Fire Festivals Light Up March

By Odigo Contributor BRYAN BAIER

FIRE! Before the cherry blossoms bloom and the weather turns fair, March in Japan rages with fire festivals, cremating the last chill of winter and the withered brown footprint of plants wrought in its wake.
Mt. Aso Fire Festival photo by the Tourism Division, Kumamoto Prefectural Government
Fire on pine bough torches paraded back and forth across a wooden temple’s deck by Buddhist priests who shower worshipers with glowing sparks and embers; consuming creative and painstakingly constructed pine and woven straw floats while extravagantly dressed and made up festival goers cheer and revel in their destruction; engulfing entire mountainsides after spreading from a massive bonfire arranged into the kanji character for fire and lighting up the night for the viewing pleasure of all who assemble to watch. Check out three of Japan’s spectacular, March fire festivals in ascending order.

[March 1st-14th] Omizutori - Nara City NARA

Omizu-tori Ash Sprinkling Ceremony at Nigatsu-do from Flickr cc by Neil Hunt
  • Venue: Todaiji Temple’s Nigatsu-do Hall
  • Other Information: This festival has a history stretching back nearly 1300 years making it the oldest festival on this list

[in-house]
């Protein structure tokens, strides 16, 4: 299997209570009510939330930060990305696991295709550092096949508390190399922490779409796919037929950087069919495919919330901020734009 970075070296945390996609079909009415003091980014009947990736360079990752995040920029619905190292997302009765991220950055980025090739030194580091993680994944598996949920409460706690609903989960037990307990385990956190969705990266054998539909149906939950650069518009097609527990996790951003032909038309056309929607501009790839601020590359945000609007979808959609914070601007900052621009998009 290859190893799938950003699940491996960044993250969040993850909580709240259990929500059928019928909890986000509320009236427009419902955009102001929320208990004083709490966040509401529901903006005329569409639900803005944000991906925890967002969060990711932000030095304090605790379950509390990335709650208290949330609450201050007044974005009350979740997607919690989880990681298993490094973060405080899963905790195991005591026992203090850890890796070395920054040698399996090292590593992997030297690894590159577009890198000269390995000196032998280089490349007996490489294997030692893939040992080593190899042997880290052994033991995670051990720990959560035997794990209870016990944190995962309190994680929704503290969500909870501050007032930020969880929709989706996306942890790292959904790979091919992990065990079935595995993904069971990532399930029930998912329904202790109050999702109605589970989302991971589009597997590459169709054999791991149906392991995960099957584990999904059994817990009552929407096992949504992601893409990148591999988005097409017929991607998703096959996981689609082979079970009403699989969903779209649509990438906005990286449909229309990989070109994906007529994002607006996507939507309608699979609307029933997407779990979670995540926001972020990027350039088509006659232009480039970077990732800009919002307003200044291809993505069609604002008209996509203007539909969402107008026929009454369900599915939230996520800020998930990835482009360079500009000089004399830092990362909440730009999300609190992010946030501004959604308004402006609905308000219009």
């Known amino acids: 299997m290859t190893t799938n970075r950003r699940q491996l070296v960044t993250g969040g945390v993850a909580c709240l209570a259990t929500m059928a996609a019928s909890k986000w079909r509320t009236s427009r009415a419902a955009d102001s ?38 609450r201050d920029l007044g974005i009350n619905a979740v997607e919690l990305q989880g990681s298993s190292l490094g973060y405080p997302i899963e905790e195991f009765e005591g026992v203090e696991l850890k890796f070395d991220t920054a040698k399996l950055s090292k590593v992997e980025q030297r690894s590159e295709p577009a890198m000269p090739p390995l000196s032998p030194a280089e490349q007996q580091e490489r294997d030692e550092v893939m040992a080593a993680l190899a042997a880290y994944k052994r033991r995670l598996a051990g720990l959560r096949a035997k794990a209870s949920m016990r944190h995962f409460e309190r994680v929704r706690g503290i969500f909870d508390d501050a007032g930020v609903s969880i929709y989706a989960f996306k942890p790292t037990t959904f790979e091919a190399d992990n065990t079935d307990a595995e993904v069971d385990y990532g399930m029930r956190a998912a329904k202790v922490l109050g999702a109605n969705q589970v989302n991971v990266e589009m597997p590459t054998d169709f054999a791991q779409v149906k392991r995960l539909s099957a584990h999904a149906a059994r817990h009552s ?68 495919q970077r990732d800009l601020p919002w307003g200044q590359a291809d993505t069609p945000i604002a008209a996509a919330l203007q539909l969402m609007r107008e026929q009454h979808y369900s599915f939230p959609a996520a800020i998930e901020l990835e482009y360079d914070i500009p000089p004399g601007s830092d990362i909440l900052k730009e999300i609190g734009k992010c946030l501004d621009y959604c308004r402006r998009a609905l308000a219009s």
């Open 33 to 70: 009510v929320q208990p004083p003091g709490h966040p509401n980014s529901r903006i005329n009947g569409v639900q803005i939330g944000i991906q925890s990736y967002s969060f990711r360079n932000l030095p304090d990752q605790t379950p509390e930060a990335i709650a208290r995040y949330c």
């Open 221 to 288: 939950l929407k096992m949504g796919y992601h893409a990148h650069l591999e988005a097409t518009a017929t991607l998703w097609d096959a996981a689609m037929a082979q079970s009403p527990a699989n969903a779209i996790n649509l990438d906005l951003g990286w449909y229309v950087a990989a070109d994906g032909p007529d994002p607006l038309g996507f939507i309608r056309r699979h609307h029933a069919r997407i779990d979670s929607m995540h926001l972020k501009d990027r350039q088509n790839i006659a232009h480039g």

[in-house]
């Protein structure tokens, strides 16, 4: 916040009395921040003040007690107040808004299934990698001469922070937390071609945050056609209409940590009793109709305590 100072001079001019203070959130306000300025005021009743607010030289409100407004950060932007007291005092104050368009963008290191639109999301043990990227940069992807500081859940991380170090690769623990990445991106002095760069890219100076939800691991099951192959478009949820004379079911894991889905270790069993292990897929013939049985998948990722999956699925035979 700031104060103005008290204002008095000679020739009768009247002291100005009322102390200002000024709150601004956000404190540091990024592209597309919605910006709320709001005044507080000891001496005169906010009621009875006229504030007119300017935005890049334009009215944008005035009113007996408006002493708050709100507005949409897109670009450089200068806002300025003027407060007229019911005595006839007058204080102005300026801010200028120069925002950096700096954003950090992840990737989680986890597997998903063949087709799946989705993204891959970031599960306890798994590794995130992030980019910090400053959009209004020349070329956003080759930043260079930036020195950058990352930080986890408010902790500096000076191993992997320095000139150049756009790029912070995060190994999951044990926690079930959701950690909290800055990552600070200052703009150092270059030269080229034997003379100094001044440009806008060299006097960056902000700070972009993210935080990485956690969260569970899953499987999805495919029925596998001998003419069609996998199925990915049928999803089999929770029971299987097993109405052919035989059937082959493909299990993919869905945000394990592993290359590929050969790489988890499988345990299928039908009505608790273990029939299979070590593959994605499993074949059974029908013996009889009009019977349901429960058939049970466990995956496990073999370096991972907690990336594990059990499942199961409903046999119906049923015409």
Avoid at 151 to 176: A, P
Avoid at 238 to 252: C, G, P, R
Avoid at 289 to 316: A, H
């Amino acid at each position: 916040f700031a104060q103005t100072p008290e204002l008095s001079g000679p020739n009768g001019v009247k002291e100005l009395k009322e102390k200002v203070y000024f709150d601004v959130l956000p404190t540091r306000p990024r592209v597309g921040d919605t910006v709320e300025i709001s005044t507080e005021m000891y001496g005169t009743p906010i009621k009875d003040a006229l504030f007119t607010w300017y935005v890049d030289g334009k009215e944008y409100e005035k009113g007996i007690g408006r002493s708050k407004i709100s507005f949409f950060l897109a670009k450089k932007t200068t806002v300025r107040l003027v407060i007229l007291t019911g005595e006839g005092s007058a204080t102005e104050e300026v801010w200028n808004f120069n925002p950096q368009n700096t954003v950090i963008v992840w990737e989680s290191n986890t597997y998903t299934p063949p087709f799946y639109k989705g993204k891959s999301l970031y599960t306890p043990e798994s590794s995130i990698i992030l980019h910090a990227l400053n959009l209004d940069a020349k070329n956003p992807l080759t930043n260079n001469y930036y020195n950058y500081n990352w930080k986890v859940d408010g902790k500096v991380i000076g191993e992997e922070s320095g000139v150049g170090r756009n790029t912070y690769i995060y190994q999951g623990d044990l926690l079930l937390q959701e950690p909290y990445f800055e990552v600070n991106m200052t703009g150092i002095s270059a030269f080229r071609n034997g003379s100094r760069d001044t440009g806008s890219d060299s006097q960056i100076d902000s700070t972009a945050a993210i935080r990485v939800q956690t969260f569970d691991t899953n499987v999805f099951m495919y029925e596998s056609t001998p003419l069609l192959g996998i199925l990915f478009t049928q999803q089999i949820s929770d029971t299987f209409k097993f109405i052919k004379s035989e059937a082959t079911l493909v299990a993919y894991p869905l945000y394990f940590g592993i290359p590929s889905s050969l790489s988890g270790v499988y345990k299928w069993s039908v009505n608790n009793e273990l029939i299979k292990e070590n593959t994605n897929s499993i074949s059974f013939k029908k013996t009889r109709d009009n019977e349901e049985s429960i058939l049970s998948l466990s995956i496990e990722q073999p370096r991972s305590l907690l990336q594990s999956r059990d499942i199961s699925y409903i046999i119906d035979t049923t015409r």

• Access: Bus from JR or Kintetsu Nara Station to Kasuga Taisha Honden Bus Stop and walk north to Nigatsudo Hall
Strangely for this list of fire festivals, the Buddhist Omizutori is, as its Japanese name suggests, is a water drawing festival?! Mizu, meaning water and, torimeaning to draw or take up, and the “o” delineating the sacred nature of the occasion. The Omizutori is the final event of the 2 week long Shunie Ceremony. The ceremony is held to cleanse people of their sins, pray for a bountiful year and usher in spring. Early on the morning of March 13th, a small group of specially select priests draw water from a well in front of Nigatsu-do Hall and offer it first to the deities of Todaiji Temple and then to worshippers. According to legend this sacred water only springs up in the well on this day. The well at Nigatsu-do Hall is said to connect via an underground tunnel to a far away well at Jinguji Temple in Obama City on the Sea of Japan Coast in Fukui Prefecture. At Jinguji, they even perform a “Sending of the Water” ceremony to facilitate the Omizutori in Nara.
The fiery element of the Omizutori comes on the opening night of the Shunie Ceremony on the first of March. Once it grows dark, large pine bough otaimatsu torches are swung in circles, rolled along the railing and paraded across the deck of the Nigatsu-do purifying the space for the the Shunie Ceremony. This spectacular event in rooted in the belief that anyone who is showered by the sparks and embers from the burning otaimatsu torches will be protected from evil in the coming year.
[A weekend in mid-March] Sagicho Matsuri - Omihachiman City, Shiga Prefecture
Sagicho Matsuri (Sagicho Festival) photo from Omihachiman Tourism Association

Bryan Baier